There are a handful of viruses and pathways that are known to provoke autoimmune disorders, like Epstein-Barr Virus (EBV) triggering Lupus, or rubella virus triggering rheumatoid arthritis (RA), so SARS-CoV-2 shouldn’t be considered an exception without ample evidence. For now, though, it may be safer to say that Long COVID appears to be “autoimmune-related” and that the topic deserves more research.
Other Conditions Associated with Long COVID
As you can tell by the incredible range of symptoms brought on by Long COVID, narrowing down its causes and effects is no simple task. There are several mechanisms that Long COVID uses to manifest itself in patients. For example, sometimes the virus sticks around longer than normal and causes low-level inflammation. In other cases, the virus triggers new autoimmune conditions or re-activates dormant infections.
Since we’re discussing how Long COVID affects the human body, it’s important to understand that tons of conditions tend to have overlapping symptoms. This can make it tricky to differentiate between causation and correlation – in other words, one thing that directly causes something else is different from two things that occur at the same time without necessarily being related. This difference has a massive impact on understanding what exactly is causing symptoms and how to go about treatment.
Here are some of the diseases and symptoms that overlap with Long COVID, organized by body system:
Although research has been able to identify these symptoms and pathologies, it remains largely unclear why each tends to co-occur with Long COVID. Because there are so many potential routes Long COVID can take in affecting patients, each symptom requires its own mechanistic research.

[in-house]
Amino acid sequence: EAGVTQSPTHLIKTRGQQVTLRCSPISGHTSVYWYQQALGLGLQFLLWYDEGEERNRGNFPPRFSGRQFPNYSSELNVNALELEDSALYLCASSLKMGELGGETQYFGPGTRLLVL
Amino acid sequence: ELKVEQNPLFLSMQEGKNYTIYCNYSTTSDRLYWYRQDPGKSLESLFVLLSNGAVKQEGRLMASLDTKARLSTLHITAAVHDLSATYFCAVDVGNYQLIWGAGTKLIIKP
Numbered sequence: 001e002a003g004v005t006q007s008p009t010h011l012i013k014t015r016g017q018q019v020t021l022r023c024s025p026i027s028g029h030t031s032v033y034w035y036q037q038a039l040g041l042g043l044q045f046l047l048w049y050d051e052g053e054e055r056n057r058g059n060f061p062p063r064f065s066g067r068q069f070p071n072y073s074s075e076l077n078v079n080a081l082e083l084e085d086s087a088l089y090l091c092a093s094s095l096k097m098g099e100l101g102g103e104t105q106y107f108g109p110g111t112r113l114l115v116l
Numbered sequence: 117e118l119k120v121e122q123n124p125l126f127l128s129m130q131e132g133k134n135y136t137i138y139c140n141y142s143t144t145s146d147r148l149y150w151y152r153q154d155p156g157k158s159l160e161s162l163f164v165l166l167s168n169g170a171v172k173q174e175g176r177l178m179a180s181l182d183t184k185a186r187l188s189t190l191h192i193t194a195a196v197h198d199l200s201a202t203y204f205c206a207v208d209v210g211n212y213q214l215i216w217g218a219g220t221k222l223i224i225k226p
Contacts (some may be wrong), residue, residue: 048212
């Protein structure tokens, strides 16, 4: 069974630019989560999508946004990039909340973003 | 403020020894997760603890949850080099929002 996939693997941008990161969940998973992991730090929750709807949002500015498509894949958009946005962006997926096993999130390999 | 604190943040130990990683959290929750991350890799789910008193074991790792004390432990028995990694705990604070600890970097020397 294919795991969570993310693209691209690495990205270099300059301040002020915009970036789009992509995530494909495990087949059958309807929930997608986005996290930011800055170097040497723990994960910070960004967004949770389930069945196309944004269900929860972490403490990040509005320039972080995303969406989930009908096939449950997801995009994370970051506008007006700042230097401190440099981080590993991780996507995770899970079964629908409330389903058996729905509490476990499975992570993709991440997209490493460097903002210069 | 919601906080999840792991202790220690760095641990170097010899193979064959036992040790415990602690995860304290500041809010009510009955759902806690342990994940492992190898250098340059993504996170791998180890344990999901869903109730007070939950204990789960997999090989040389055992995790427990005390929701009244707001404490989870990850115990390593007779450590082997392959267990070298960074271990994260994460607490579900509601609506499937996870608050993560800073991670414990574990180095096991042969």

In a 2022 observational study of post-COVID patients, researchers found that patients were at the highest risk for being newly diagnosed with diabetes, hypertension, and POTS. Although each of these diseases is well-known in the medical world, POTS can be easily overlooked despite its massive effect on patient well-being.
What is Postural Orthostatic Tachycardia Syndrome (POTS)?
POTS, or Postural Orthostatic Tachycardia Syndrome is a disorder where your heart consistently beats too fast after standing or sitting upright. It can cause symptoms like fatigue, lightheadedness, nausea, and shortness of breath. For reasons that aren’t completely understood, it mostly affects women from the ages of 15 to 50 years old and like Long COVID, happens for lots of reasons.
POTS is one of the conditions that falls under the umbrella of Dysautonomia, which is a more general term for autonomic nervous system dysfunction. The autonomic nervous system controls bodily processes that occur unconsciously, like your heart beating, breathing, or digestion.
What Causes POTS?
When you’ve been sitting or lying down for a while, blood becomes spread out throughout your body. So, when you stand or sit up, non-POTS patients’ bodies normally push blood back up into the brain and upper half of the body. There are several steps involved in pushing blood toward the brain, but this process is mostly dependent on autonomic nerve signals that increase heart rate and constrict blood vessels to fight gravity’s downward pull.